While Mardi Gras officially ends on Ash Wednesday, my cravings for Cajun cuisine continues throughout the year.  Thankfully hungry travelers are never disappointed in South Louisiana where its culinary traditions and many Mardi Gras favorites are served daily such as the Chicken & Sausage Gumbo dished at Ruby’s Courtyard in Eunice and boudin and cracklings that’s always offered at Bill Ray’s Boudin in Opelousas.

Beggin’ for gumbo is a tradition I compare to a potluck supper – just a lot more fun.

It’s pretty easy to throw your own Cajun Mardi in your own backyard. Just send out invites explaining the tradition, include a recipe, then “beg” guests to bring something for the gumbo pot.  As for live chickens, check. Depending on where you live providing chickens to chase could be frowned upon. Nonetheless, with or without a chicken a beggin’ for gumbo party is guaranteed to get the good times rolling.

But wait – what if you don’t have a gumbo receipt? No worries. The St Landry Parish Tourist Commission happily sends their recipe for authentic Cajun Chicken & Sausage Gumbo for RFT readers to enjoy.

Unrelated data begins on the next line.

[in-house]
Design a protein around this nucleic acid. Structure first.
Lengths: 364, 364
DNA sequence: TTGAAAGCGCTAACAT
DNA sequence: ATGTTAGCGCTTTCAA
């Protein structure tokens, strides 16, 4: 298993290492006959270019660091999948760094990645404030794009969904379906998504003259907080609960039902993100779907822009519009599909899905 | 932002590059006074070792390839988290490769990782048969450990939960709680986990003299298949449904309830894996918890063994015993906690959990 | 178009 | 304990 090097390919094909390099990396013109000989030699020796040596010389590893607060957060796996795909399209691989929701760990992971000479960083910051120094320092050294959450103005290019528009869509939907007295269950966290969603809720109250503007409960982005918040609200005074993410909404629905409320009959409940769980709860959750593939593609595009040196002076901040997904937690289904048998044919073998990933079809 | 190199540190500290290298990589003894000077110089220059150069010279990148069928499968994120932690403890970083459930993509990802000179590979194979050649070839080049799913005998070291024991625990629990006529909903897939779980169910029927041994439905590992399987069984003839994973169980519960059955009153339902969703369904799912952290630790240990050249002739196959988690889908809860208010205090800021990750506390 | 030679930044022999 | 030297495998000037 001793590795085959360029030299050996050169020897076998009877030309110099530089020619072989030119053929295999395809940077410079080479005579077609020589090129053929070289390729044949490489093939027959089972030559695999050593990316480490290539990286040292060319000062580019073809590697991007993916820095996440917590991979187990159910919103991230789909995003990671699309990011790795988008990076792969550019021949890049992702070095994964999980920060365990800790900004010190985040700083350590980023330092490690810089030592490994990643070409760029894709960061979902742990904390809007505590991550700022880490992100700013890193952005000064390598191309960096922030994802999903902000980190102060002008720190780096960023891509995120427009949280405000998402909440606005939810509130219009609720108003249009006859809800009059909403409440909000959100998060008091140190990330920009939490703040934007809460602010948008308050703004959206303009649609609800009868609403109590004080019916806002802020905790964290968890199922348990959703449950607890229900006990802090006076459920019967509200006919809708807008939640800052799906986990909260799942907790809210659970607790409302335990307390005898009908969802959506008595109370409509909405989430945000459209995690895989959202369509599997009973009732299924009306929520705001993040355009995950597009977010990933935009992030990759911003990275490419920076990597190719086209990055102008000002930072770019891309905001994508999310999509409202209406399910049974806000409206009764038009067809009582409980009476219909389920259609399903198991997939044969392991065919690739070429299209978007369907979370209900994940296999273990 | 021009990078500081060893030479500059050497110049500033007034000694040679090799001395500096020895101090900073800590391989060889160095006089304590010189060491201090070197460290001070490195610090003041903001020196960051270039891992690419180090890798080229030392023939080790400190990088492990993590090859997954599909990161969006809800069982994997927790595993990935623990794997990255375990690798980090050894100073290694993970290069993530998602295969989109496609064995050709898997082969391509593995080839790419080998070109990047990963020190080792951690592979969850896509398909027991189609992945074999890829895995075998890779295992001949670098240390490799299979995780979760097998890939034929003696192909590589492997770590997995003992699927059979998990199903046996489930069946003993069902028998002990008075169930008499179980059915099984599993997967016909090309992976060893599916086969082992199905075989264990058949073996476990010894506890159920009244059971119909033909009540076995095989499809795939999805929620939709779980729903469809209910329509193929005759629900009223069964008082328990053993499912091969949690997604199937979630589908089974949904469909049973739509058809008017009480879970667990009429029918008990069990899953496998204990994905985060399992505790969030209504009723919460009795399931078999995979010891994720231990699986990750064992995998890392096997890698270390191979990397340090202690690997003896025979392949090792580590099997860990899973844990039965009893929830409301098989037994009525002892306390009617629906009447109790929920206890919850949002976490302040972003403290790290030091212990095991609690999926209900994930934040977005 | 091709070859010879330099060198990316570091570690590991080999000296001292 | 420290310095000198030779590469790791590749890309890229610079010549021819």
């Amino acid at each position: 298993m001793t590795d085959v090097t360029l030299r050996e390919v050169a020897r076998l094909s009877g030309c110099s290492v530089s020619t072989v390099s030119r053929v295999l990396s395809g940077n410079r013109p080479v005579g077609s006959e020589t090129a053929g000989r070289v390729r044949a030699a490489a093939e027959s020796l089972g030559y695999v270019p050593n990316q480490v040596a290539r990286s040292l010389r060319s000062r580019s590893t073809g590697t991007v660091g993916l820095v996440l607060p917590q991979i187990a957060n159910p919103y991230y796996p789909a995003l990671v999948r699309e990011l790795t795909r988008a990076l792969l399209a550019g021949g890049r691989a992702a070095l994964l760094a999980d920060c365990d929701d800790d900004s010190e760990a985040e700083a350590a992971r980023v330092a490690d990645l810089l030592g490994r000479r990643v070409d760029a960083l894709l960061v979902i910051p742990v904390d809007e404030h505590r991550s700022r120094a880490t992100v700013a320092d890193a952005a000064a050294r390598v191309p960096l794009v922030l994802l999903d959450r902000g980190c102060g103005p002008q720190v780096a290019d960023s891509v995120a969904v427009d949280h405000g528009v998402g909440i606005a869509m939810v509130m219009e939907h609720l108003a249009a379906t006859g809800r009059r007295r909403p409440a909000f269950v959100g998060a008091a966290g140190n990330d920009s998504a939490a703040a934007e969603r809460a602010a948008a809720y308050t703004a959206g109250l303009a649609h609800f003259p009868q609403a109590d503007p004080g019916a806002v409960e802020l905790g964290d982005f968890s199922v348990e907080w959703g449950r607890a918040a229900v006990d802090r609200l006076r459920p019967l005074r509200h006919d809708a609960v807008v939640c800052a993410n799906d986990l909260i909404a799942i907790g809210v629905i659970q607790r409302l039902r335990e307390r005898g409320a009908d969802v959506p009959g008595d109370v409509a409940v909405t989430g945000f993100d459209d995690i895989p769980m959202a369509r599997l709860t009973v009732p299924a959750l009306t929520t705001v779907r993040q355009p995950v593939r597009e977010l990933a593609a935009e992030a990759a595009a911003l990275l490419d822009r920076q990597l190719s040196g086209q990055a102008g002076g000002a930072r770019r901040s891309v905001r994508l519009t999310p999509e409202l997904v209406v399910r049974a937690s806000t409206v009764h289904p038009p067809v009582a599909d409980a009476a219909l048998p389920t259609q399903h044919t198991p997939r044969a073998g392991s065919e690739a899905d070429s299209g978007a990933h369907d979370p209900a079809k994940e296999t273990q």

Beggin' for Mardi Gras, to make your own chicken gumbo.

Make your own Gumbo for Mardi Gras with this authentic recipe! Photo by David Simpson.

Chicken & Sausage Gumbo

1 (4-5lb.) chicken, cut into pieces

Tony Chachere s Original Creole Seasoning

4 tablespoons vegetable oil

4 tablespoons flour

2 large onions, chopped

2 stalks celery, chopped

1 green bell pepper, chopped

4 cloves garlic, minced

1 pound Smoked Sausage, sliced

3 quarts water

3 tablespoons chopped green onions

3 tablespoons chopped parsley

cooked rice

Season chicken to taste with Tony Chachere s Original Creole Seasoning. In a large heavy pot or Dutch oven, heat oil until hot and gradually add flour, stirring continuously until well blended. Lower heat and continue stirring until roux is chocolate brown.

Add chopped onion, celery, bell pepper, and garlic. Stir well and let vegetables begin to wilt. Slowly add water stirring to dissolve roux. Add chicken, sliced smoked sausage. Bring to a boil and simmer 1½ to 2 hours or until meat is tender. Add chopped green onions and parsley at the very end. Serve in soup bowls with rice.

Makes 10 servings.

Recipe courtesy of St. Landry Parish Tourist Commission

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Suzanne Corbett, RFT Food History Editor

Suzanne Corbett is RFT's Food History Editor. She's a national award-winning writer and media producer who currently contributes News Magazine Network, St. Louis Post-Dispatch,, AAA Traveler and Journey Magazines. Suzanne is the author The Gilded Table: Recipe and Table History from the Campbell House (2015 Donning Publishing) and Pushcarts & Stalls: The Soulard Market History Cookbook (1999 Palmerston & Reed Publishing). She's won two Telly Awards, a Davey Award, the Missouri Media Award and more.